When doing counseling sessions, I place a noise machine outside my office door to facilitate confidentiality. The “white noise” prevents anyone standing in the hall from hearing what is being said inside the office. Most people would not intentionally eavesdrop, but a passerby might accidentally hear our voices. The noise creates a barrier.
Our world is full of noise. Recently, I was in a state park far from the sounds of traffic and industry. As I got out of my car and closed the door I was immediately struck by the silence around me. The sound of my car door closing seemed swallowed up in the quiet air. The slightest breeze passing through the trees sounded loud. The songs of far away birds could easily be perceived. A sense of the sacred awakened my mind and my soul. I knew that God was speaking through his creation.
The psalmist wrote, “Be still and know that I am God.” It can be hard to be still. It can be hard to find silence. The “white noise” and activities of this busy world can create a barrier between us and God. As we walk throughout our day we can miss God’s voice amidst all the distractions. Sometimes it’s difficult to listen to each other, much less God. Silence may even feel uncomfortable and awkward because people become so accustomed to all the noise. When that happens, we tend to avoid silence and seek comfort in the familiar noise. We avoid the stillness. We forget how to communicate with God. Even when we do pray we may talk more to God than listen as we try to fill the “awkward silence” with words.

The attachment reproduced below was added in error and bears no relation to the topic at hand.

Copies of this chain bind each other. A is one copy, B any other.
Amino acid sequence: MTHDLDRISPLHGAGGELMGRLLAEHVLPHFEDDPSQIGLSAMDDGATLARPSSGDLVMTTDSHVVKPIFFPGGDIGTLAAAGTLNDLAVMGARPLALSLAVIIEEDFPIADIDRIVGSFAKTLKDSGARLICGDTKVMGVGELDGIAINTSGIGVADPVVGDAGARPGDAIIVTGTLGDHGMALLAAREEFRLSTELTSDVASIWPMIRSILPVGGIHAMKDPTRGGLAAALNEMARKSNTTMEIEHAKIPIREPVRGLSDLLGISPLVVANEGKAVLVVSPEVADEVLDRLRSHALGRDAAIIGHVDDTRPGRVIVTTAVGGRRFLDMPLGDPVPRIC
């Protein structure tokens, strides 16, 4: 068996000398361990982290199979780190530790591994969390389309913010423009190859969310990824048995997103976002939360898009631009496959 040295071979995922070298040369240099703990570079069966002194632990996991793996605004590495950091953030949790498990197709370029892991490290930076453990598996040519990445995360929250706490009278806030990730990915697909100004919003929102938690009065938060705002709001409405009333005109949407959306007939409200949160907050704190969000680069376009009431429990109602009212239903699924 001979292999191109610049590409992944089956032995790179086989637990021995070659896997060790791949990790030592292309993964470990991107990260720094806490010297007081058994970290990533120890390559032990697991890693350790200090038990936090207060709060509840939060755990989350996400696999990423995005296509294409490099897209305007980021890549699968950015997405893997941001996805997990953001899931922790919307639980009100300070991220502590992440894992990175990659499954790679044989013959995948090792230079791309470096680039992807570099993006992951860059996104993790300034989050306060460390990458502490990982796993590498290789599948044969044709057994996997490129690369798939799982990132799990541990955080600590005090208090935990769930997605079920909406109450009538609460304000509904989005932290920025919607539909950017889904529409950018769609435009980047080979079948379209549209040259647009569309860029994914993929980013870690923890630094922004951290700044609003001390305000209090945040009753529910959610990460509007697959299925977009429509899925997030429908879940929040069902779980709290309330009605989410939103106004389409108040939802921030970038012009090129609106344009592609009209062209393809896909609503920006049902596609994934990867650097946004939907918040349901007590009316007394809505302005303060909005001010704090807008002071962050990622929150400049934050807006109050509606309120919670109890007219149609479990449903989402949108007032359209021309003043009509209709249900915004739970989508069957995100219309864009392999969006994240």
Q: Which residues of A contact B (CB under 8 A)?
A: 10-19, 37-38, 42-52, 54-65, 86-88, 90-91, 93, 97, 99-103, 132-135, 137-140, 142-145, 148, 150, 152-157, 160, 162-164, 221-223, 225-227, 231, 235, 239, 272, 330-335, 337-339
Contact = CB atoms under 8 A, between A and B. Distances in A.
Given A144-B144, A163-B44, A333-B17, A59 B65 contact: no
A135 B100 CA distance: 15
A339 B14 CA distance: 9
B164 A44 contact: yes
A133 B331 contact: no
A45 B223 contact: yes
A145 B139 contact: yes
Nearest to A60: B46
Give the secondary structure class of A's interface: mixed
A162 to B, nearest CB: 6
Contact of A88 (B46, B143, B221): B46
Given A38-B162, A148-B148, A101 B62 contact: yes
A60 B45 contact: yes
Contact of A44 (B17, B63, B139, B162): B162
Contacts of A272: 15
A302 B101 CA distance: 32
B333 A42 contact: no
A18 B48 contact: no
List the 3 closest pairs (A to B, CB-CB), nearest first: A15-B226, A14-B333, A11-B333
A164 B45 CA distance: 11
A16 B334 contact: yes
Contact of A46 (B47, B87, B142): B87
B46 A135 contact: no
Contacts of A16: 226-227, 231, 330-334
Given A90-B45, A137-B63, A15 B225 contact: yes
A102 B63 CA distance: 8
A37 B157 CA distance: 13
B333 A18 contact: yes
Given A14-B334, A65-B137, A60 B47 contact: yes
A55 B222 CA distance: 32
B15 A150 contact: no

Some people are better at silent contemplation than others, but we all need it. We all need to “shush” the world around us so we can focus on the whispers of God. God does not always speak with rolling thunder. One of the things I love about the Mass is that it includes periods of silent contemplation. I like when the priest takes an extra long time sitting in silence after Holy Eucharist and people begin to squirm in their seats. They want Mass to be over so they can get on with the noise of their day. It’s never more than a minute or two, but it can seem like longer when we are chomping at the bit to return to the “comfort” of the world’s noise and activity. It shows how even holy Mass can become just another thing to check off of a list of busy activities. We have so little silence these days.
Sometimes, we think we’re not worshiping God unless we’re making noise or being animated. There is a time and a place for such worship and praise, but we need not think we are worshipping less when we are still and quiet. We are told to make a joyful noise, and we are told to be still. Both forms of worship have merit. I like that the Mass includes opportunity for everyone to share in the outward praise and inward contemplation.
This Summer I was struck by the vision of three and a half million Catholics, most of them youths, quietly worshiping on the beach in Rio during Eucharistic adoration with Pope Francis. They were silently reverent for quite a long time. It was a rare sight to see that many people being still and knowing God together. World Youth Day was a blend of jubilant celebration and quiet contemplation. It was inspiring to see that spiritual balance, especially in youths.
We need to find silence and stillness in daily life. It is part of being spiritually healthy. It is also physically and mentally beneficial. We must find ways to turn off the “white noise machine” of life and hear the still, small voice of God. There is no shortage of competition for our attention.